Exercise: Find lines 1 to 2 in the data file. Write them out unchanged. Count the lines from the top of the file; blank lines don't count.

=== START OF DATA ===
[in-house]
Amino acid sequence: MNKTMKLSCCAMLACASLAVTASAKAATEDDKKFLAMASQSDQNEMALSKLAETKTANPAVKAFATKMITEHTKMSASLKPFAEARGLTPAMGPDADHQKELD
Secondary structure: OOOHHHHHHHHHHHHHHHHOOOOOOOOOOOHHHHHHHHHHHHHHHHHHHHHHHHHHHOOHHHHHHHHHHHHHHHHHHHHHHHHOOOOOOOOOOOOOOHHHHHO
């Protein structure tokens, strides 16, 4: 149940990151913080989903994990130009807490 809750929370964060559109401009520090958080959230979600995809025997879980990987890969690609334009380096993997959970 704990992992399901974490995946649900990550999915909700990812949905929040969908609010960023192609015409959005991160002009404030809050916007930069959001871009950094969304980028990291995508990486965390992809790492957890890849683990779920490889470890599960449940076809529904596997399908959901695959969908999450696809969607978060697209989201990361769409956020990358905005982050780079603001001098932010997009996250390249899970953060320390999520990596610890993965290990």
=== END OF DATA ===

[in-house]
Amino acid sequence: MNKTMKLSCCAMLACASLAVTASAKAATEDDKKFLAMASQSDQNEMALSKLAETKTANPAVKAFATKMITEHTKMSASLKPFAEARGLTPAMGPDADHQKELD